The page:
Never where you need me.
How about getting some
bigger pockets?

Your tape measure

Of course, here I am by the coffee
Down here, right where you left me
Oh, yes, you left me on top of the ladder too
Here, on what used to be your desk

Here’s an update on this week’s projects. The electrician has been here, and the wires in the window are not hanging down any longer.


Our window to the kitchen is coming along!

Wednesday’s poetry prompt was by Scott McCloskey called “Today Years Old.”

The hour is late and
I haven’t learned much in a
month of Sundays, but
today I may have learned that
you can hammer one nail
53 times before it goes in.

Monday, 22 August 2022 – Transforming Art into Words

Transforming Art into Words was the prompt today by Margaret Simon. She challenged us to use space as we created our poems today, in the form of Dean Rader, “Did You Walk to Oklahoma” written “After Edgar Heap of Birds, “Ocmulgee” (2005).” I enjoyed the process of trying spaces and turn words over. I will come back to this idea and spend more time on it next time.


Sunday, 21 August 2022 Open Write – This Photo Wants to be a Poem

Margaret Simon has created the prompt on Ethical ELA today. She posts a regular feature on her blog called “This Photo Wants to Be a Poem.” and today we all wrote about this photo on Ethical ELA.

Her regular feature is open to anyone who would like to participate. Check out Reflections on the Teche each Wednesday.

Here is Margaret’s post on Ethical ELA. 

Photo by Margaret Simon

fuzzy, glowing seed pods
readying for the next generation
held by a green nest of elders

Saturday, 20 August 2022, Open Write – Leucocholy

Today’s prompt by Gayle Sands is a wordplay poem. She gave links to Merriam-Webster where there were lots of uncommon words to choose from. Then we went to WordHippo and looked for antonyms, synonyms, rhyming words, and more. Read more about her prompt here at Ethical ELA’s “Wordplay for August.”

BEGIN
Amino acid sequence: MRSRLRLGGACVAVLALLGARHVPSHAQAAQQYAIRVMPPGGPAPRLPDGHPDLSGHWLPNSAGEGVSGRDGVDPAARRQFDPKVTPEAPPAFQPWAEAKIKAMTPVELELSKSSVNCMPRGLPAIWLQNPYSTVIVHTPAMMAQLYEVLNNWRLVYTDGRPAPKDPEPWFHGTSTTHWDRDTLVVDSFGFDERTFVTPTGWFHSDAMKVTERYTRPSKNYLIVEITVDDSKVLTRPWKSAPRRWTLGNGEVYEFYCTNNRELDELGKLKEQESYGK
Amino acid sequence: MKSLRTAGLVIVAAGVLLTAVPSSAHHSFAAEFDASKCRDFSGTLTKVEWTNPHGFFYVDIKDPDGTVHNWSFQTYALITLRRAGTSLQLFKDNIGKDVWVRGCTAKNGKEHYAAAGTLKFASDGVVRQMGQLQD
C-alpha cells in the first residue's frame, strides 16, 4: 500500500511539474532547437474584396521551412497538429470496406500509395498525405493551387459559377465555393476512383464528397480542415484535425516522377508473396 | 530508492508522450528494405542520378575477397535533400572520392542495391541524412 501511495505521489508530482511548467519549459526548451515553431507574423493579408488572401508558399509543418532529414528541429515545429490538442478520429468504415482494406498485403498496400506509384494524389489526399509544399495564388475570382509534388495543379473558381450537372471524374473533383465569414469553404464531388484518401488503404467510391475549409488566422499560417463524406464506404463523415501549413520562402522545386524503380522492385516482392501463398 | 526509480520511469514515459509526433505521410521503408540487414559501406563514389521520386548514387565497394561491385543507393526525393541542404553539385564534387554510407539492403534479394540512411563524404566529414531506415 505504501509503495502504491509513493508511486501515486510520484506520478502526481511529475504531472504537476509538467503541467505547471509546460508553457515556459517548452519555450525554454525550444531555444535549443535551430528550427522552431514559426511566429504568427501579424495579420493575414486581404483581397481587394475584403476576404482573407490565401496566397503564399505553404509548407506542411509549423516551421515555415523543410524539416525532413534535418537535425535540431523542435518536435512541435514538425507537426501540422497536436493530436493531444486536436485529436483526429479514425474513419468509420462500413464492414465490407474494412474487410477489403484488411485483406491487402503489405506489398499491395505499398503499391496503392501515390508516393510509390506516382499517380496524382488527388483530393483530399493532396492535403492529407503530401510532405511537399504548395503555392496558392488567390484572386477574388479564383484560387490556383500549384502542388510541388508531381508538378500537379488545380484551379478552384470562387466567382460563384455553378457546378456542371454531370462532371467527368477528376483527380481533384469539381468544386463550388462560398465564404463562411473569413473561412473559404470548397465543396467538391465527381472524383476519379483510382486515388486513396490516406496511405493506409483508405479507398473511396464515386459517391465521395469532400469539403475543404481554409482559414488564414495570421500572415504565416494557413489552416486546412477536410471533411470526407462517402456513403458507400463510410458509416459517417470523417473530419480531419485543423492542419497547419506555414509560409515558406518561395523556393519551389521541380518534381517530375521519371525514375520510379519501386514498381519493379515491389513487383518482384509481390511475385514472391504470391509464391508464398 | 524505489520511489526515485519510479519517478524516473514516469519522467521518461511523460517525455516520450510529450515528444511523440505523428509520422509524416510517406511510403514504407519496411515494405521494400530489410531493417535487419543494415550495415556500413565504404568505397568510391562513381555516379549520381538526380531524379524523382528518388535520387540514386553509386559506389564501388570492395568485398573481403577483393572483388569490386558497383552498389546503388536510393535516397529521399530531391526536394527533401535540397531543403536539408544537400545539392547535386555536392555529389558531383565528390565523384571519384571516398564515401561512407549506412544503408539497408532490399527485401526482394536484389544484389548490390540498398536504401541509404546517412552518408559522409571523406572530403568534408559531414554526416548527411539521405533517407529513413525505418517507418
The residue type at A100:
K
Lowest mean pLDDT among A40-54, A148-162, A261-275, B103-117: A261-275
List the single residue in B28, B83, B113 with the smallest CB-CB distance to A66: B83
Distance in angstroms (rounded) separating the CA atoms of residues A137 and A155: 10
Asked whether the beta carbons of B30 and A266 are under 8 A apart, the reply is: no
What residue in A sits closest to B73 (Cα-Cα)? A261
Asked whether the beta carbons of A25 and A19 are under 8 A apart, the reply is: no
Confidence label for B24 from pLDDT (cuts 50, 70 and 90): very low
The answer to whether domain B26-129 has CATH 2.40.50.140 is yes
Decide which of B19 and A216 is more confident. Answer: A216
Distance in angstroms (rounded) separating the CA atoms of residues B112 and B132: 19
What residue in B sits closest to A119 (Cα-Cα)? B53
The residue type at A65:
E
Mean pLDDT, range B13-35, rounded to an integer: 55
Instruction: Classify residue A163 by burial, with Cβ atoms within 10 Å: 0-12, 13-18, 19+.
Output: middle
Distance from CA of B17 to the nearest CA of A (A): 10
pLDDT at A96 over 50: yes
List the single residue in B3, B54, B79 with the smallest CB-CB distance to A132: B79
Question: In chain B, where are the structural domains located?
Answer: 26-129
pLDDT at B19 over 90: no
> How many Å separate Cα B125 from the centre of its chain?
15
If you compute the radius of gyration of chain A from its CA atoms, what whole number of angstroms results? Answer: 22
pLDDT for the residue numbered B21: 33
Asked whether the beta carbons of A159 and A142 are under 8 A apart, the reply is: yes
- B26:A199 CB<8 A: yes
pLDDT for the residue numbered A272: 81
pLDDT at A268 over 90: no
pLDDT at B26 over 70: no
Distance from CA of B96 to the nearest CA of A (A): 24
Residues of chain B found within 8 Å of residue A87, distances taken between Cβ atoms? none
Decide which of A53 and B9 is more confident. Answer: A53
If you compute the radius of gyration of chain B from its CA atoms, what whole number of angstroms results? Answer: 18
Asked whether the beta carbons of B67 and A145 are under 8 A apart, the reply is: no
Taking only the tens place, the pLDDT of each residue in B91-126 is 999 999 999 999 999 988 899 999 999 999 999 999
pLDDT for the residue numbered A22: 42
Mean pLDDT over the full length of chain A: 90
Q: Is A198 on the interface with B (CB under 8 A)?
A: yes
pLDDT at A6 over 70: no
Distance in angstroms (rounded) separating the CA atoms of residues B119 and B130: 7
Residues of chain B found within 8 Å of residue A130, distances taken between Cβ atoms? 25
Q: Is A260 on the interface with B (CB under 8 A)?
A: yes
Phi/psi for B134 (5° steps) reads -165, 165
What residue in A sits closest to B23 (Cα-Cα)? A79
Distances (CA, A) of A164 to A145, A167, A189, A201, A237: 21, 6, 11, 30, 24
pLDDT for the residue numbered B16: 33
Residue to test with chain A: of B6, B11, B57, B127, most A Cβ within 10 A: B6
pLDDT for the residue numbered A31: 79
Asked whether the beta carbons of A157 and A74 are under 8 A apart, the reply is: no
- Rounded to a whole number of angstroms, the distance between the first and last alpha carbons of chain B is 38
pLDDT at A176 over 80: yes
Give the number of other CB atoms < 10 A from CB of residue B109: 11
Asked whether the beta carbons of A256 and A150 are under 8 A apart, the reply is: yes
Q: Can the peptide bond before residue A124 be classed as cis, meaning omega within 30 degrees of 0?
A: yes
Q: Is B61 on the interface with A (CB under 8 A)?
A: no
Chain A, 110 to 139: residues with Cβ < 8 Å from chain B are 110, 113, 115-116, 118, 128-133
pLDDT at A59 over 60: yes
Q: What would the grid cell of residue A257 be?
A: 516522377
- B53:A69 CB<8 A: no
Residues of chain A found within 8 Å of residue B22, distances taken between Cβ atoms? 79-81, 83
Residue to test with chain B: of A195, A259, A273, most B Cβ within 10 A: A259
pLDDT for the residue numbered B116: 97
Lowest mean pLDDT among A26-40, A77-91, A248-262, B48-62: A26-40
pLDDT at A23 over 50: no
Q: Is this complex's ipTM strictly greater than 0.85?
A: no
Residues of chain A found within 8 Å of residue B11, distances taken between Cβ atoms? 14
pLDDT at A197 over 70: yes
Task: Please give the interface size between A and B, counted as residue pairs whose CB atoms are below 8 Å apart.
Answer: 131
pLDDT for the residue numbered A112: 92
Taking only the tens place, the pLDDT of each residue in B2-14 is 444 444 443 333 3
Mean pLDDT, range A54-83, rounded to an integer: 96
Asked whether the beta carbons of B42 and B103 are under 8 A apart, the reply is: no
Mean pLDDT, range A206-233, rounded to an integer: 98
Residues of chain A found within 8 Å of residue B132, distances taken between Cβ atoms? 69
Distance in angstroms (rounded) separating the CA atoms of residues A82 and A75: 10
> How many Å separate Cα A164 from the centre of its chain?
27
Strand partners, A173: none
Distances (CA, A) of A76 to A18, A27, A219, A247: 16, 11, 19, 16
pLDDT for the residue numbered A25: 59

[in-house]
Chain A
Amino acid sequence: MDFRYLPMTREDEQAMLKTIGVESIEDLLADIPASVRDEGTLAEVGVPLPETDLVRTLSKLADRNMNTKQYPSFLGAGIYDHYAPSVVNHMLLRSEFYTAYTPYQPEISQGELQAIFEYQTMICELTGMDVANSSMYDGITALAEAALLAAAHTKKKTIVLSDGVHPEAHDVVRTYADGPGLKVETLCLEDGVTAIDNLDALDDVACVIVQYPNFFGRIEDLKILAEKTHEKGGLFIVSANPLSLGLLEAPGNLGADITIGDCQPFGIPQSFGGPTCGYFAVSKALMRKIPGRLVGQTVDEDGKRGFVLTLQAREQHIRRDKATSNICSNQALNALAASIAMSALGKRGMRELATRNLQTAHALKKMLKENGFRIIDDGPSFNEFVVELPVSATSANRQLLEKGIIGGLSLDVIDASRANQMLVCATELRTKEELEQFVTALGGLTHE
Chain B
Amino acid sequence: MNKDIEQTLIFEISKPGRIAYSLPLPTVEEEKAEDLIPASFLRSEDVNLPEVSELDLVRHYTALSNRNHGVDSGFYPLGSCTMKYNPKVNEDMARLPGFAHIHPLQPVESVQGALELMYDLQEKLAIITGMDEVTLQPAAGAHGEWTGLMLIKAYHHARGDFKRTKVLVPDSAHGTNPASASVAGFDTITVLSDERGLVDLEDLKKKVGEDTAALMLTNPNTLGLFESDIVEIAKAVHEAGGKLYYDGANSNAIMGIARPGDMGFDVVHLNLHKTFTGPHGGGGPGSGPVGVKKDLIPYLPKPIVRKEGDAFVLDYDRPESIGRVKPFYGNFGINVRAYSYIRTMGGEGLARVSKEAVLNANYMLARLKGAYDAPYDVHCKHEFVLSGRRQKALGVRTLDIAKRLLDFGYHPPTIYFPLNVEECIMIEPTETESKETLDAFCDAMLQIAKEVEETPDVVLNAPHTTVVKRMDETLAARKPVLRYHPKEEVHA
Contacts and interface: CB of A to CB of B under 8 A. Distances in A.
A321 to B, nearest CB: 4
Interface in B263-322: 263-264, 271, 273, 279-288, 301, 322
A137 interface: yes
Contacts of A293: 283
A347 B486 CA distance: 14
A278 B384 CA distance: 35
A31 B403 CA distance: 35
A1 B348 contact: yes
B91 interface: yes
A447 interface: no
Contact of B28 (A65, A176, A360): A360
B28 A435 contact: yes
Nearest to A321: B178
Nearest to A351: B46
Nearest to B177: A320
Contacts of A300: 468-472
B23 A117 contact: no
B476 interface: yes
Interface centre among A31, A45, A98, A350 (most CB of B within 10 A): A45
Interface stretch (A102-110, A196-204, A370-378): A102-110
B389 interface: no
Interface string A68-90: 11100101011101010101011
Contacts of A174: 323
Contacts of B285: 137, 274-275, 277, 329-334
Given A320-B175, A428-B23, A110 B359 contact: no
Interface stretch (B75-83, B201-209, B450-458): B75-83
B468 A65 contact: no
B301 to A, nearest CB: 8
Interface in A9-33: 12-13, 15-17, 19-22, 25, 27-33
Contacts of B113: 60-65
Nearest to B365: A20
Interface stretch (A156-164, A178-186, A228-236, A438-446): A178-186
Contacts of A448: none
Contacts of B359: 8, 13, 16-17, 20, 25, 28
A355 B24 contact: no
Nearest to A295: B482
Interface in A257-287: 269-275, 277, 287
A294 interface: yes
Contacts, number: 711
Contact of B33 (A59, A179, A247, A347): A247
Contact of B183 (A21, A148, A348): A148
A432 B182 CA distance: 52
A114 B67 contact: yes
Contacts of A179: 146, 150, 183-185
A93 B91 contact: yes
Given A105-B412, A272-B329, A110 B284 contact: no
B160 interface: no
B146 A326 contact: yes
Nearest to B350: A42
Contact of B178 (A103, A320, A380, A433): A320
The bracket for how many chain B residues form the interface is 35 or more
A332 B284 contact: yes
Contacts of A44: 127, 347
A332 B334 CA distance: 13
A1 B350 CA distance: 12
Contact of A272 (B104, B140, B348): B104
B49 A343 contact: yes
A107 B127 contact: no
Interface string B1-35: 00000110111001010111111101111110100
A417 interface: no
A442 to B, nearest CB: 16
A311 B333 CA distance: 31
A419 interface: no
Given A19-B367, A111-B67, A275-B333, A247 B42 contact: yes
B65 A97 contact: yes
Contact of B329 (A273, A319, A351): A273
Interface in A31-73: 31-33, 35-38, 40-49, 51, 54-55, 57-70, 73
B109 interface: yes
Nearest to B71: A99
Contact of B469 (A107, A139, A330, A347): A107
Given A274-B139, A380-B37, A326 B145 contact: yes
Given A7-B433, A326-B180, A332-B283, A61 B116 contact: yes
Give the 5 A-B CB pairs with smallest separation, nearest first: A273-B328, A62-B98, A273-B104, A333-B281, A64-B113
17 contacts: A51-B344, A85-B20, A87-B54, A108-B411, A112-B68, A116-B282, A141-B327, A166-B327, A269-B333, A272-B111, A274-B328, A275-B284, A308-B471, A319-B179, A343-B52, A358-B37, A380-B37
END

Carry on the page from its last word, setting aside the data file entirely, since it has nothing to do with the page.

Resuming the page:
Leucocholy – “a state of feeling that accompanies preoccupation with trivial and insipid diversions.”

Doom scrolling, gaming, searching,
YouTubing, following on social media
Time spent dabbling in drivel,
Nonsense, insignificance, trivial
Pursuits and amusements.
Distractions, beguilement,
Frivolity, levity, jejune whoopee
Busyness with characterless
Banality, the bland, ho-hum ordinariness
Of tired and vapid diversions.
Oh, the mind-numbing, eye-blurring,
Wasteful feeling of leucocholy.

March #SOL22 Day 20 – Lament and Celebrate

Day 20 of March #SOL22

We are taking two days off from painting the outside of our home. There are strong wind advisories in our area today and tomorrow. Sand is blowing, creosotes are whipping the air, and we are staying snuggly indoors. However, it is not very comforting to look around my living room and see this mess.

I hate that my living room looks like this,
hijacked by renovation debris:

I love that there is hope for
restoration, relaxation, renewal
And eventual “after” photos

Today’s prompt, “Lament and Celebrate“, is from Andrew Moore at Ethical ELA’s Open Write.

March #SOL22 Day 19 – Living Water

Day 19 of March #SOL22

Thinking of ingredients in my kitchen:
rice, beans, tofu, oil, garlic, onions,
so many.
Which is most important?
None of those.
Perhaps there is only one
we can’t live without–
the unsung, unmentioned
ingredient in most recipes.
I use it in everything, really.
It takes the crunch out of pasta,
puts the porridge in oatmeal, and–
stop a second and imagine with me–
How would tea and coffee be without it?

It covers a multitude of issues,
A stew multiplies into a soup
A thick, globby mess transforms into gravy
A varnished stir fry pan (looking impossible
to clean) magically deglazes into rich broth

Water saves a dehydrated person,
Removes paint* from skin,
And, on and on
Of course, as you know,
the water usage list is endless

Which reminded me today
of you, the Living Water.
Moses hit you in the desert
and you poured out for all
the thirsty rebels

When you were by the well
You asked her
for a drink of water.
Suffering in the heat of the day,
she drew water up
in her leather bucket
and gave some to you–
clear, cool, hydrating.
Then you gave her Living Water
so she’d never thirst again
You saw her, redeemed her.

She learned, as I can,
about living water
the one I can’t live without–
the one I can’t Love without.

*Painting went well today, believe it or not!

This post is from a prompt “Ingredients” by John Noreen at Ethical ELA Open Write. Join us?